For Indian MMA sensation Ritu Phogat, the journey has not been easy. Hailing from the most popular wrestling family in the country led by Mahavir Phogat, she has, however, let nothing derail her dream of pursuing MMA and establishing her mark at the ONE Championship. Having emphatically defeated Jenelyn Olsim and riding on a 7-1 record, the
27-year-old ‘Indian Tigress’ has advanced to the final of the ONE Women’s Atomweight World Grand Prix, and hopes to bring the prestigious world title to India for the first time. In a recent freewheeling conversation, Ritu talks about her roots, her family and what has made her take up MMA.
On her roots and the Phogat family....
On being asked about her formative years, Ritu talks extensively about her childhood and life back in India. Ritu’s role models have always been her sisters (Geeta Phogat and Babita Kumari) and growing up with them motivated her to push herself at every juncture. Talking about her relationship with her father, Mahavir Phogat, she says, “My father has always been very supportive of all my decisions and has prepared me to face these challenges in life. It has not been easy, away from my traditional roots. He obviously helped me take up wrestling, just like my sisters and cousins, when I was eight.” Growing up in a joint family, she says, conversations were mostly around wrestling. Reminiscing her formative years, outside the tradition of practice and discipline, she talks about the usual shenanigans of switching off their father’s alarm and draining the inverter. “There used be a lot of childish squabbles and even when it came to taking control of the TV remote, it used to be the strongest of us would eventually prevail,” she smiles.
Is there a pressure of being a Phogat? “There is no pressure but there are expectations. With the success of my sisters and the name which my family holds, there are always expectations when it comes to me, but my sisters paved the path for me. It had been more challenging for them,” she says.
Choosing MMA over traditional wrestling….
“Choosing MMA wasn’t a very easy decision for me but considering my deep interest and love for the sport through my early years, it was the right choice for me…,” says Ritu. Her traditional wrestling career was scaling new heights, having won India’s first silver in the 48kg category at the World U-23 Championship in 2017 and following that, she decided to shift to MMA a couple of years later. “I was going through an incredible phase of my wrestling career before joining MMA, but my love for MMA pushed me to pursue this path. Everybody wanted to see me represent India at the Tokyo Olympics, but my father and my sisters completely supported me in this decision,” she adds. She feels having a strong background in wrestling lets her fashion her approaches on the mat in different ways to her advantage. Initially having no idea of where preparations took place for MMA, it was this immense drive to choose a road less taken, be an Indian woman to pursue the sport and carve out a place for herself, which made her chase her dreams.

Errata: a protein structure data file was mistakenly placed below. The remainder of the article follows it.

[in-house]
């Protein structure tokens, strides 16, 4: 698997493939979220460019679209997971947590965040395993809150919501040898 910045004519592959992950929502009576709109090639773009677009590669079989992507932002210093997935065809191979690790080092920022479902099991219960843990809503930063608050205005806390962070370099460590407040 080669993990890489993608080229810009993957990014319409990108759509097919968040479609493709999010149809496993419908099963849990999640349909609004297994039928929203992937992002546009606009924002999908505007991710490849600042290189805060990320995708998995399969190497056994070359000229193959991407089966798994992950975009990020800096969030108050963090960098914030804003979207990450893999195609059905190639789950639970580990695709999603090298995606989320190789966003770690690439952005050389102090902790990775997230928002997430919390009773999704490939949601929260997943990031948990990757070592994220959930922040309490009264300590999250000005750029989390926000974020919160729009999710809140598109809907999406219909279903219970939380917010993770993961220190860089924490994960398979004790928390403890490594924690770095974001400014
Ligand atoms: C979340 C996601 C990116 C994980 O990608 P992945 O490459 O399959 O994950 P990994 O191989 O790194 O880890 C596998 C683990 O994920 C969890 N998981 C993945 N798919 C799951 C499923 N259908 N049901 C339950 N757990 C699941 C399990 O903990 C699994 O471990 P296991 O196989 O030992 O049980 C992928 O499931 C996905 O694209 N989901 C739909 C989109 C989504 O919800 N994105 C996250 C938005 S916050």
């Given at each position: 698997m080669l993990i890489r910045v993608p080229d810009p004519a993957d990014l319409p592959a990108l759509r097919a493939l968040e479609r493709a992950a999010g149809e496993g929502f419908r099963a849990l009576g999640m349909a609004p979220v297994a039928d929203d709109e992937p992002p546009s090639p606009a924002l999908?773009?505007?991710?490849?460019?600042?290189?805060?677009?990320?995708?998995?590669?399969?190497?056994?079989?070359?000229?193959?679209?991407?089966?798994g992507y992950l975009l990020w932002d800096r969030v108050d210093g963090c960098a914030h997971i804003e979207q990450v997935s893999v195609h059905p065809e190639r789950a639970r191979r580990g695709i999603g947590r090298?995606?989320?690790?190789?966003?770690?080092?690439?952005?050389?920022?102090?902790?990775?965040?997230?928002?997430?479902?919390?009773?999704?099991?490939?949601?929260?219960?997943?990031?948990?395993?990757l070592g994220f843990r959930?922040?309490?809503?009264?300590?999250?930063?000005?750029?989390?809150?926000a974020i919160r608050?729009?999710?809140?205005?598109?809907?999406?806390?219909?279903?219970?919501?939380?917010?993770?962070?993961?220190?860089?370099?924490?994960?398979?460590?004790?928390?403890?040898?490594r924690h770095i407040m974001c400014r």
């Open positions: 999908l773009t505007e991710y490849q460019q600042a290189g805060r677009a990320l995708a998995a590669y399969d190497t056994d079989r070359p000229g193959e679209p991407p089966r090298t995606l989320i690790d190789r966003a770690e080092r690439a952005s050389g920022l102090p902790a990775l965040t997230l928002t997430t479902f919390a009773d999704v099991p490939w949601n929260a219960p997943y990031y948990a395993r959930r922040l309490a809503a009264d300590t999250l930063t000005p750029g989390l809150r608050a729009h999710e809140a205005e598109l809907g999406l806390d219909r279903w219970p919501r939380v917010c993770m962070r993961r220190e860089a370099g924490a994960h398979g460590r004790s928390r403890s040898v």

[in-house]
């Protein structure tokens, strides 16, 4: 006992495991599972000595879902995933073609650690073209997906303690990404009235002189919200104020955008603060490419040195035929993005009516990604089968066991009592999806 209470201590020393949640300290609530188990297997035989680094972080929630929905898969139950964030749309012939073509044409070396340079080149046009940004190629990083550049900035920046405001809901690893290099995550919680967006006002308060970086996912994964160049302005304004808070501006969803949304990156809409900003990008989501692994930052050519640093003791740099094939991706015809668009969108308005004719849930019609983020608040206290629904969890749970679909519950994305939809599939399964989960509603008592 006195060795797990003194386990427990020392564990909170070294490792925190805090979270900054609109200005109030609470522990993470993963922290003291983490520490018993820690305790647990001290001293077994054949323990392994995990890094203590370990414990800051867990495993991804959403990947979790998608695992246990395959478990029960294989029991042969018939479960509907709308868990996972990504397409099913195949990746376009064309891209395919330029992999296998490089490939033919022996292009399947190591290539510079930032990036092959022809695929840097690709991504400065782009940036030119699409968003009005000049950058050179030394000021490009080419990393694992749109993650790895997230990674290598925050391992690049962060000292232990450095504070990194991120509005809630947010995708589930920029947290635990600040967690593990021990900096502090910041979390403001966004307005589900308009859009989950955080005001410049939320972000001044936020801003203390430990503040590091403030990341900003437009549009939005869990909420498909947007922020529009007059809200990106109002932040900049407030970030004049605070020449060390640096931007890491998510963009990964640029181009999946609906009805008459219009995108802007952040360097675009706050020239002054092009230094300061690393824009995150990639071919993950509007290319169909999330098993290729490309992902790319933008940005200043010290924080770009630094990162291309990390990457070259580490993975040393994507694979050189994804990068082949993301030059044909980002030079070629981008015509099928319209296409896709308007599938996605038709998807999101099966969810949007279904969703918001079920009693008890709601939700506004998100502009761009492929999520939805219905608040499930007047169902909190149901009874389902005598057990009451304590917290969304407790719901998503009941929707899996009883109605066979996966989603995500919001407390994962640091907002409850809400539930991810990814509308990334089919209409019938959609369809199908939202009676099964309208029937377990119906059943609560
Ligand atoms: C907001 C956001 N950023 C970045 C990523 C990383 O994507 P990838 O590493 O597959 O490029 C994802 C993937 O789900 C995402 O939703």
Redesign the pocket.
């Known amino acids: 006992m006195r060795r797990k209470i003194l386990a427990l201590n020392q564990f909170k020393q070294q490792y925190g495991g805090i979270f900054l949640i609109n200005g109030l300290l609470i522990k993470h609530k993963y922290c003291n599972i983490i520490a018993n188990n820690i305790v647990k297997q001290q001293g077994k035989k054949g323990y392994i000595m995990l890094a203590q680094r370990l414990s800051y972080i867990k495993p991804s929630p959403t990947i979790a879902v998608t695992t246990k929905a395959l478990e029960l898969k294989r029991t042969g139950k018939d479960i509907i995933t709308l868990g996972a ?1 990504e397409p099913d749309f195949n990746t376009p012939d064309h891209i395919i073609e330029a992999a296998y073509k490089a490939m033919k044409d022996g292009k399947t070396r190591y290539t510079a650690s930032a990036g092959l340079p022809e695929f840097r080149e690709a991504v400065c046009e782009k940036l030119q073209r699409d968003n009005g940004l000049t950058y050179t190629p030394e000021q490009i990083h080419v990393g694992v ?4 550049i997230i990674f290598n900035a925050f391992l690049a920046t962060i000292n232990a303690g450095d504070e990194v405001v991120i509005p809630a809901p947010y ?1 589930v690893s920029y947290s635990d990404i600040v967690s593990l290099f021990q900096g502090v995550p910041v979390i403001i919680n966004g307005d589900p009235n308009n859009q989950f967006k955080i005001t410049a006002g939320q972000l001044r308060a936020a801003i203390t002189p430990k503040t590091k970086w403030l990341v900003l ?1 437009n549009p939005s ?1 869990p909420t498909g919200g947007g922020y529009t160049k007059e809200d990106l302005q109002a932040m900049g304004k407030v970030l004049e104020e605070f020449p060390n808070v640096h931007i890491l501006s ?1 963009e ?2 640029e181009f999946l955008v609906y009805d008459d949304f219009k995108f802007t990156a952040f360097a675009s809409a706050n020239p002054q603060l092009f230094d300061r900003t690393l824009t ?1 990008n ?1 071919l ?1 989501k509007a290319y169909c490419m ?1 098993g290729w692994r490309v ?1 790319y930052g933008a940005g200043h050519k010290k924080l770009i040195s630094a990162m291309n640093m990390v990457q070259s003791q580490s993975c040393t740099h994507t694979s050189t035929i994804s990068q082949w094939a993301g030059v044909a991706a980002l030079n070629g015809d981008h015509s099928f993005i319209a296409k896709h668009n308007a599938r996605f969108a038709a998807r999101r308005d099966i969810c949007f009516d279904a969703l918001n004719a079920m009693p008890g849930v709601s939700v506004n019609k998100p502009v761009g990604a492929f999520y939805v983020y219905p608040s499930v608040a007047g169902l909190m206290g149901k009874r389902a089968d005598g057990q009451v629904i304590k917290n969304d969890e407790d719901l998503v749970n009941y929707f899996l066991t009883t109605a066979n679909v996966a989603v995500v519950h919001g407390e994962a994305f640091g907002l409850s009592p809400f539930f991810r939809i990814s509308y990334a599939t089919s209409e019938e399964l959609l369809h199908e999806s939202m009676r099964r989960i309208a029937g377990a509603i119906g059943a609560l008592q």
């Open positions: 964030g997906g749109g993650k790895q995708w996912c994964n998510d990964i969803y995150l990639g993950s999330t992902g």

Her routine, regimen and life in Singapore….
It has not been the easiest two years for Ritu, away from her family, but her sheer dedication and unyielding attitude has not let that get the better of her. Talking of missing her family back home and also having had to miss her sister’s wedding owing to her schedule and travel restrictions, she says, “I have always been tough, but the pandemic has made me tougher. It has been difficult, away from my sisters and my parents, but I know the time I’m dedicating to this will be worth it.” Talking of life in Singapore, she mentions tasting local delicacies and Japanese cuisine, and making friends.
When it comes to her regimen, Ritu trains twice a day, six days a week. Maintaining a definite schedule has always been of paramount importance in this business and for Ritu, an occasional third workout session for the day is just an exercise in bettering herself and honing her skill set. “I have the best management and the best team here, and I am here to prove to everyone who thought I couldn’t do it, wrong, and get the title to India,” the ‘Indian Tigress’ roared.
On being asked about how she deals with a loss, she steadfastly replies, “Being out of the Grand Prix at one point was disheartening for me, but I kept working and training hard. And I won the following bouts, proving to everyone out there that the Indian Tigress never gave up and deserved to be here.”
On a candid note....
When asked about who would be the best person to play her in her biopic, she takes no time to mention herself. “There are few things that people know about me but I want people to know about the unknown shades and struggles, and what contributed to the sheer grit and dedication that has gone behind my career. Thus, I think I would be the perfect person to act in my biopic, as nobody would know it better than me,” she said. Confident in her skin, comfort has always defined her statement as a sportsperson. “I feel the most comfortable in my training gear,” she adds. Talking of things she could pursue after MMA, and if there is a possibility of her venturing into acting or modelling, she smiles and mentions how numerous talents have shaped her and she’d certainly like to keep these options open.
“If you believe, you will have done it already. It won’t always be easy but it will make you strong. If you are determined to achieve, you will always get there. You can be Gita, Babita or Ritu as well. Opening up opportunities for each other to grow, encourage and empower, will always show the way,” is Ritu’s message to the young women athletes.
Talking about India’s performance at the Tokyo Olympics, she says, “It was a great performance but I had expected more. We had athletes who could have won but fell short. I wish India will be more successful in the years to come….”